The firm did not specify the reason for the ouster in the letter, but sources said that the investigation uncovered behaviors by Jurvetson that were unacceptable related to a negative tone toward women entrepreneurs….
Draper Fisher Jurvetson, the VC firm he founded, said Tuesday it had launched an inquiry into Jurvetson a day after an entrepreneur alleged that “predatory behavior is rampant” at DFJ. The woman, Keri Kukral, did not name Jurvetson in her Facebook post.
“DFJ has never received a complaint about the professional conduct of any of our partners or investment professionals,” DFJ spokeswoman Carol Wentworth said in a statement to Recode. “Earlier this summer we became aware of indirect and second-hand allegations about one partner, Steve Jurvetson. We immediately opened an independent investigation, which is ongoing at this time.”
“Women approached by founding partners of Draper Fisher Jurvetson should be careful,” wrote Kukral, who runs a startup called Raw Science, which has not received DFJ funding in the past. “The situation I found myself in is personally atypical and I’ve not been in any other situation remotely like it. I was not seeking investment or trying to further my career.”
A new analysis of SpaceX’s plans to have revenues of $30 billion per year for its global satellite Internet project is “too optimistic” and could damage the industry’s credibility by creating unrealistic expectations. It also claims that SpaceX CEO Elon Musk has repeatedly manipulated financial analysts with “totally unrealistic” schedules and projections.
Here’s an excerpt from the story. [Emphasis original]
WSJ’s [Wall Street Journal’s] article notes that SpaceX expects to attract over 40 M subscribers by 2025. The largest satellite Internet network today is operated by HughesNet, which has slightly above 1M subs after nearly a decade of operation. Combining ViaSat’s Exede and HughesNet, the year with the highest number of new subscribers was in the 300-350,000 range, which hints at how difficult it is to build the distribution channels for this kind of service. Of course, cheap, self-installation terminals and a global operation infrastructure could accelerate service take-up, but it appears very difficult to reach the 40M installed base in just 5 years. Compounding all of the above, one must not forget regulatory barriers as SpaceX would need to pursue landing rights in each and every country it wants to operate….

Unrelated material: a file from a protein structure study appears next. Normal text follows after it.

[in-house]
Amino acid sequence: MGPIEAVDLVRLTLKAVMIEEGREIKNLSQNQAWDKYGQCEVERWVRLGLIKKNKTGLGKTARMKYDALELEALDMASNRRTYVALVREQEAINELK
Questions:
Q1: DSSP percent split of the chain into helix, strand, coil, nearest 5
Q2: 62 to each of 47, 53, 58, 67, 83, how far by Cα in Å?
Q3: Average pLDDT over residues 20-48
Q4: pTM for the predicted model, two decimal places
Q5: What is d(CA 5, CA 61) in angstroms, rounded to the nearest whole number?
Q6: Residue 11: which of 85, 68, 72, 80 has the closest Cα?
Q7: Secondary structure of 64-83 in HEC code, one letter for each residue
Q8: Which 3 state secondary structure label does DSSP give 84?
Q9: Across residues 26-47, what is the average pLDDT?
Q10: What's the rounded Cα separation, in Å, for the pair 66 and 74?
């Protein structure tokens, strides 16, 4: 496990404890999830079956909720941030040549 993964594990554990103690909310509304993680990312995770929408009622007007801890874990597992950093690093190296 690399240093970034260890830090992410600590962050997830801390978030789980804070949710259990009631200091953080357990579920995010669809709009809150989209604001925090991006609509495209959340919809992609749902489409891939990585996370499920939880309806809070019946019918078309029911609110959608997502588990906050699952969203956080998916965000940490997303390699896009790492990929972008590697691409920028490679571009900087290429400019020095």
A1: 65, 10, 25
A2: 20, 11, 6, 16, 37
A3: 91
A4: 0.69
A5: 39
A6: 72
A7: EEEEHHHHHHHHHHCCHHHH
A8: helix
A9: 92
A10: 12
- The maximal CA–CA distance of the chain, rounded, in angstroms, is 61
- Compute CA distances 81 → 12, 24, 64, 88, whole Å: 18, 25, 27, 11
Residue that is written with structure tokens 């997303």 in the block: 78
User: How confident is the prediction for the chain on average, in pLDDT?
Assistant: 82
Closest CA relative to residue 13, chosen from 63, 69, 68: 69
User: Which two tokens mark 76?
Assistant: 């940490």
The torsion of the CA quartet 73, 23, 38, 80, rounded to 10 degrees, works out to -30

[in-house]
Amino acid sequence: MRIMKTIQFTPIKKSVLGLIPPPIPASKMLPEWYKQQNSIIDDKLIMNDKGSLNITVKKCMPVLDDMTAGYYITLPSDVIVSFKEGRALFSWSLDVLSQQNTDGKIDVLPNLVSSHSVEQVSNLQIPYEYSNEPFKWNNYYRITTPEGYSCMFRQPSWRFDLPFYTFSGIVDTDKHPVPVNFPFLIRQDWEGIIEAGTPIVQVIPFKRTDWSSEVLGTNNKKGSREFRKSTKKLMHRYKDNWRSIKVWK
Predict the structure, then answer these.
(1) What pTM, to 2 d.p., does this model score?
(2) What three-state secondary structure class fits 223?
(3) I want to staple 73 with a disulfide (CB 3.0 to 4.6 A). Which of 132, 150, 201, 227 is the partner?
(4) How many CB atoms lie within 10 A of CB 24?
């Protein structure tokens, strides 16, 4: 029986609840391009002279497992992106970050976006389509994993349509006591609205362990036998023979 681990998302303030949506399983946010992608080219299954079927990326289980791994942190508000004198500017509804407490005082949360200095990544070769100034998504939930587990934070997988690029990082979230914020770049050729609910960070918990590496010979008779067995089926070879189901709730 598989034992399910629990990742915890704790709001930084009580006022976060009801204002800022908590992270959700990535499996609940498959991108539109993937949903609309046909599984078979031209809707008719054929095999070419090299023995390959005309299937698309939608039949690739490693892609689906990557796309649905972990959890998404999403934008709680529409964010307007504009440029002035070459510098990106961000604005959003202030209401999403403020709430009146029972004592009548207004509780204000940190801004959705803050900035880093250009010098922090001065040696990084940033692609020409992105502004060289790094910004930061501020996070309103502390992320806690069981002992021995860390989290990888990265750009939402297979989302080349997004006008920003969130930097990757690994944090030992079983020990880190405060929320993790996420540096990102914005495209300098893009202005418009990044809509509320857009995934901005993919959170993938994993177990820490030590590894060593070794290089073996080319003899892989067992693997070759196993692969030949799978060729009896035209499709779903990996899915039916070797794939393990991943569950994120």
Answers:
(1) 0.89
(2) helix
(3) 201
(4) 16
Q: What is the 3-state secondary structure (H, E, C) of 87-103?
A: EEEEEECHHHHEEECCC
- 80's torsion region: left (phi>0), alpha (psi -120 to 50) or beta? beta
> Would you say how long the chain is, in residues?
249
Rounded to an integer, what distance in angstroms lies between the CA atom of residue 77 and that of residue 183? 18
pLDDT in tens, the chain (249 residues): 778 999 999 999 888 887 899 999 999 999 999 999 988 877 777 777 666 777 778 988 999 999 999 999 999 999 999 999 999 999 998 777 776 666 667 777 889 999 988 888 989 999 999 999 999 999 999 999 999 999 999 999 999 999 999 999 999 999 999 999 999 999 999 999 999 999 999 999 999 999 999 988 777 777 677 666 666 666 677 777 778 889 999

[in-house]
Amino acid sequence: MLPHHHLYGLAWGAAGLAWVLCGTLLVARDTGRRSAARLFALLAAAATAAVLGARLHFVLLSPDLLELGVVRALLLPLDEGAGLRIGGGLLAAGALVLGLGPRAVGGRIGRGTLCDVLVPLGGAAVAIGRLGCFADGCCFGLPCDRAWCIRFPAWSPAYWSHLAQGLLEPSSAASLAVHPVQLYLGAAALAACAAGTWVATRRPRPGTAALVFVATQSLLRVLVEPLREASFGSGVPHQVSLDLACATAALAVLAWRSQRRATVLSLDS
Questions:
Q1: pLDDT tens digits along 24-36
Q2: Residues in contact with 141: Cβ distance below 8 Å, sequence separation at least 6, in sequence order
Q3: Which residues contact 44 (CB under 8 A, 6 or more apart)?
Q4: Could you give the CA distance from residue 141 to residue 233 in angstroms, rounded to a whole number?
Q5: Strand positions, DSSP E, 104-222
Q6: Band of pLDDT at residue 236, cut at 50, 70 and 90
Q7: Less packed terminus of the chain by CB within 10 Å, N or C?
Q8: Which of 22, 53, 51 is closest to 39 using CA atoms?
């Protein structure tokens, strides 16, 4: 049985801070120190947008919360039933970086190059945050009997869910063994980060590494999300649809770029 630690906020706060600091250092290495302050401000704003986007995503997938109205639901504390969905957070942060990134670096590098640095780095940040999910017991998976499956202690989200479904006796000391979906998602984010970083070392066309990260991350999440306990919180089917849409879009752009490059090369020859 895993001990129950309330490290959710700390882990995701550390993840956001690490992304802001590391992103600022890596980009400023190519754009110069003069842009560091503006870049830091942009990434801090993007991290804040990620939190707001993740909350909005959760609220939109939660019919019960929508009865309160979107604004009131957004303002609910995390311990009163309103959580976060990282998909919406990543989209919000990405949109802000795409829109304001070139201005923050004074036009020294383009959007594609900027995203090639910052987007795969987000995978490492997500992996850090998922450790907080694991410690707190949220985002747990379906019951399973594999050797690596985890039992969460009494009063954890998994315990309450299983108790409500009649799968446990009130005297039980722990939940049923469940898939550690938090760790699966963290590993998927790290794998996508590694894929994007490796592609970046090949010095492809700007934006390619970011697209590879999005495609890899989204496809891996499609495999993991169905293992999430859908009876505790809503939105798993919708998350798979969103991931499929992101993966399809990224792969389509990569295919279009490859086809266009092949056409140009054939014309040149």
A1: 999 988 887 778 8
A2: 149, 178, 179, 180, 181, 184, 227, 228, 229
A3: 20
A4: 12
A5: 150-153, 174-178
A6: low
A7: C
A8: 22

The best way to predict the future is building it, and NSR will only be pleased to see the satellite industry growing to the levels forecasted by SpaceX, as it would be beneficial for everyone. While it is true that forecasting revenues for such innovative ventures has a significant level of uncertainty, NSR nonetheless believes the $30 billion revenue projection is too optimistic no matter what assumptions are made and could stoke unrealistic expectations undermining the industry’s credibility.
One must also consider that SpaceX are masters of strategic communications and have repeatedly made extravagant announcements to push analysts, the financial community, the industry and employees in its favor. It is its CEO managing style, the day after he announced a totally unrealistic schedule and sales target for Tesla’s Model 3, auto analysts universally moved their own estimates up satisfying what probably was the original goal, shifting the paradigm. SpaceX has said very clearly that it plans a step deployment of the constellation starting commercial operations with a “modest” 800 satellite constellation (compared with the 4,420 of the full deployment), which hints at the venture having different growth scenarios with more reasonable assumptions. When analyzing SpaceX projections, being an investor, a competitor or an industry watcher, one must keep its independence and not fall in this expectations trap. Otherwise, industry’s credibility would be at risk.
NEW YORK (Trump Transition PR) — President-elect Donald J. Trump today announced that three additional members will join the President’s Strategic and Policy Forum: Travis Kalanick, CEO and Co-founder of Uber Technologies; Elon Musk, Chairman and CEO of SpaceX and Tesla; and Indra Nooyi, Chairman and CEO of PepsiCo.